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At 85, Gehry has completed one of his finest buildings, the Dr Chau Chak Wing facility in Sydney. In laconic mood, the architect talks candidly to Edwin Heathcote about the role of art in his work, the dangers of architectural egotism, and why he used to think Frank Lloyd Wright was a fascist
Frank Gehry is wearing a suit and a tie. It looks a little odd. I’ve never seen him in anything other than a T-shirt and a slouchy jacket. “It’s a one-time thing,” he says, adjusting the tie. “Enjoy it now, tomorrow it’ll be gone.”
The garb is in homage to the setting – a business school – and the inevitable corporate milieu that accompanies it. But this is not the dull box of the typical corporate institution. Instead, it is an undulating, crumpled brick building that looks like it’s been caught mid-collapse during a particularly severe earthquake. Or, perhaps, as locals relish in describing it, like a crumpled brown paper bag. It is an astonishing structure, one that recalls the structural bravura of Félix Candela, perhaps even Gaudí. It has an exuberance and a sense of movement and restlessness that also recall the finest of Gehry’s own work.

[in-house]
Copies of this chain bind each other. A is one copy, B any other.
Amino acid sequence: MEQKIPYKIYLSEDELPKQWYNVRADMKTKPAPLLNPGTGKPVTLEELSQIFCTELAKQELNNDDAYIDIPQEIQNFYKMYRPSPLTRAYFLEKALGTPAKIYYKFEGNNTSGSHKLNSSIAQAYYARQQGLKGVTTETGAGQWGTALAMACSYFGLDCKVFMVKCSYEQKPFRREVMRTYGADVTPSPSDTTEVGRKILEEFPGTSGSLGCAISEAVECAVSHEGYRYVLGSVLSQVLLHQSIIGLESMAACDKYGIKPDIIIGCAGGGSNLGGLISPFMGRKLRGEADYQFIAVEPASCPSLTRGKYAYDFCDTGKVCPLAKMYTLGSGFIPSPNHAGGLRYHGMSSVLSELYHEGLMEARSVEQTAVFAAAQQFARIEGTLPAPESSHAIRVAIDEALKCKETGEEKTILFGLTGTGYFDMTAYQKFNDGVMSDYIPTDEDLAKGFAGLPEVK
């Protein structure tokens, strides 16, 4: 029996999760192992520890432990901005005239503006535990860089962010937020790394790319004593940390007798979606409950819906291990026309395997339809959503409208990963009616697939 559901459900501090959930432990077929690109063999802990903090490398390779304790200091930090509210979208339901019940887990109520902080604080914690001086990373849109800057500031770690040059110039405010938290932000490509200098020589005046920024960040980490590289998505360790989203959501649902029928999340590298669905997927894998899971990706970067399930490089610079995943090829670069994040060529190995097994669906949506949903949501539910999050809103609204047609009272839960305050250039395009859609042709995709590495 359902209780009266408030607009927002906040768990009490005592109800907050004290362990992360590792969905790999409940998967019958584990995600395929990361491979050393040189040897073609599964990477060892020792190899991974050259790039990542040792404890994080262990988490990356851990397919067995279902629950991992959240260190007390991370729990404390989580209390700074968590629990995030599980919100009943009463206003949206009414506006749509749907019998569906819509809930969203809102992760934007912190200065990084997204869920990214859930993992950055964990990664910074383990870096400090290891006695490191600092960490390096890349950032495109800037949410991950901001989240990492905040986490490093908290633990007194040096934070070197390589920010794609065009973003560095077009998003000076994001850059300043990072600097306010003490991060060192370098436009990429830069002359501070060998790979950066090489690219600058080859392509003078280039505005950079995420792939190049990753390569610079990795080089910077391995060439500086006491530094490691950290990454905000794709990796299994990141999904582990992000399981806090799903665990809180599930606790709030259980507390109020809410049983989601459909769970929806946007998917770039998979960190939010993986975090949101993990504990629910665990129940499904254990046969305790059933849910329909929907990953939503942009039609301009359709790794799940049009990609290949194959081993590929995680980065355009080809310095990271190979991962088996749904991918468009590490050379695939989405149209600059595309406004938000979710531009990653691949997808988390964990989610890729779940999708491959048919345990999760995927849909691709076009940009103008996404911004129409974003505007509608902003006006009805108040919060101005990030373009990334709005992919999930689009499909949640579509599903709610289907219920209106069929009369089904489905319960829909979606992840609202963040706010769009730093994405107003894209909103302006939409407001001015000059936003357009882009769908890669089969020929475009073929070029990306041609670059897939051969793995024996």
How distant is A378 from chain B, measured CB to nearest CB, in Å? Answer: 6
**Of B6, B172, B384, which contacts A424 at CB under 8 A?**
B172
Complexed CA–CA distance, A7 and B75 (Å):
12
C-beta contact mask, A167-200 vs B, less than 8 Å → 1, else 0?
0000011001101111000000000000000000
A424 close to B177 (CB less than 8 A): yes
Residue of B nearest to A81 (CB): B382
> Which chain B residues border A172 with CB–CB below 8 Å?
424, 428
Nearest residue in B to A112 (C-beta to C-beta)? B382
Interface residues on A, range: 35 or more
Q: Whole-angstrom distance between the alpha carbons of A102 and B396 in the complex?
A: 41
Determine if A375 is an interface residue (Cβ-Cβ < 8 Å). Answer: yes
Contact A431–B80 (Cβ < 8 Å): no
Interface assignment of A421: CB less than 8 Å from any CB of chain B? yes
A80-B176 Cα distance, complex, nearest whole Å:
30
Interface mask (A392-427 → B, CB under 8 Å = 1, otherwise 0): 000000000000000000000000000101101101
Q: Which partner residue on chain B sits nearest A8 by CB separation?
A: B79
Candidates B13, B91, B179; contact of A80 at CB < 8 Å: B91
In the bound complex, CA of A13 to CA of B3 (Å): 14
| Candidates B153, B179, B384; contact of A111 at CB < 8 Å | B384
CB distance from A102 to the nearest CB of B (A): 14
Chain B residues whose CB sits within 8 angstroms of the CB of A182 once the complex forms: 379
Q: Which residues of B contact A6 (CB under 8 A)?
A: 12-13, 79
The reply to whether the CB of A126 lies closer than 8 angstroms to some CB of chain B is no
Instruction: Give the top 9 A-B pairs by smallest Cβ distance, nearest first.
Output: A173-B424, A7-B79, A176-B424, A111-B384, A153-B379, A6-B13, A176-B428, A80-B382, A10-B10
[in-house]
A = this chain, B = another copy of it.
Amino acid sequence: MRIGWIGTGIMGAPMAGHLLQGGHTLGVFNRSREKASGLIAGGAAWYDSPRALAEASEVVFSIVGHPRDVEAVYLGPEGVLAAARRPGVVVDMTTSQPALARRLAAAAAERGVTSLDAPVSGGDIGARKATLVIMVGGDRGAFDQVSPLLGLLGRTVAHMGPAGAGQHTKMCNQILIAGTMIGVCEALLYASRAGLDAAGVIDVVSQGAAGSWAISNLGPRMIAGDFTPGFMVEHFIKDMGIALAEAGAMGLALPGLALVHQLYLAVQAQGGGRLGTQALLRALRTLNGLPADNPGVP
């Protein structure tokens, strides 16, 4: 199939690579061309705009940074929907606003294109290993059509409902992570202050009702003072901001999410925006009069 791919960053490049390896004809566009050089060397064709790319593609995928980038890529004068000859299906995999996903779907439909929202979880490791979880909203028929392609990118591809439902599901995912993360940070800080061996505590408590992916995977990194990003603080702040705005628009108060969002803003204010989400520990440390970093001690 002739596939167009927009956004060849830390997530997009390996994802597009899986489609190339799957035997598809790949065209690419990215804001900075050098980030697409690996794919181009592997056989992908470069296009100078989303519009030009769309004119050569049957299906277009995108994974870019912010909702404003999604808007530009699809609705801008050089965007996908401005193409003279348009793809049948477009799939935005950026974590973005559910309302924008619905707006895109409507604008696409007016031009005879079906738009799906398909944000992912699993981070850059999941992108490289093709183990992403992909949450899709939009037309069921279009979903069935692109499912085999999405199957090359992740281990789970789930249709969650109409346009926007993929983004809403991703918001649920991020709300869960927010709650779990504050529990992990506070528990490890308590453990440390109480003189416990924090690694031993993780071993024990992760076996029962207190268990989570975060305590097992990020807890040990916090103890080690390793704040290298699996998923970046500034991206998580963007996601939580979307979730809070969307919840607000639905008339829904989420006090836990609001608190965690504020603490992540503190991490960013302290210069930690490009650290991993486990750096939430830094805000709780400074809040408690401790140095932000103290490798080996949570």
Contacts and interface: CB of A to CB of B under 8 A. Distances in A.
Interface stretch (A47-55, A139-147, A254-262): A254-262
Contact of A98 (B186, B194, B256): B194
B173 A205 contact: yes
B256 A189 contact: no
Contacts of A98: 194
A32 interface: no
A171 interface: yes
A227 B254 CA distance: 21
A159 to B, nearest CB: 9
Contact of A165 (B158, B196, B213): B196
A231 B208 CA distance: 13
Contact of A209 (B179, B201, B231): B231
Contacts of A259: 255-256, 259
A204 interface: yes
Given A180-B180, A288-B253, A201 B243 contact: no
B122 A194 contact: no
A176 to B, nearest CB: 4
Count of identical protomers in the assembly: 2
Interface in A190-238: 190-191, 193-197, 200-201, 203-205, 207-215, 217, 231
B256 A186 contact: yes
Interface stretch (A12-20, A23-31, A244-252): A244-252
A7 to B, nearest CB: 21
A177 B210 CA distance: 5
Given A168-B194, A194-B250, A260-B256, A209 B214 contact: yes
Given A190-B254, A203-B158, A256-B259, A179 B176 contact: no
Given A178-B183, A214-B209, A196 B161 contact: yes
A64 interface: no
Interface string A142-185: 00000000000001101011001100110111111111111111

Opening soon after the huge, operatic and overblown Fondation Louis Vuitton in Paris’s Bois de Boulogne, it comes as a bit of a relief. Where the latter appears to have been a building without a brief – a glass folly in a park, in which the confluence of corporate money, bad art, big egos and a seemingly unlimited budget makes the whole thing a little unsettling – the Dr Chau Chak Wing building at Sydney’s University of Technology feels like a piece of real city. It’s a building that imbibes the brick context of industrial and educational buildings and digests them, along with the global anonymity of the glass towers in the adjacent central business district, to throw up a solid, surprising and original structure that anchors the creative quarter emerging along Sydney’s slightly anaemic version of the High Line, the “Goods Line”. […]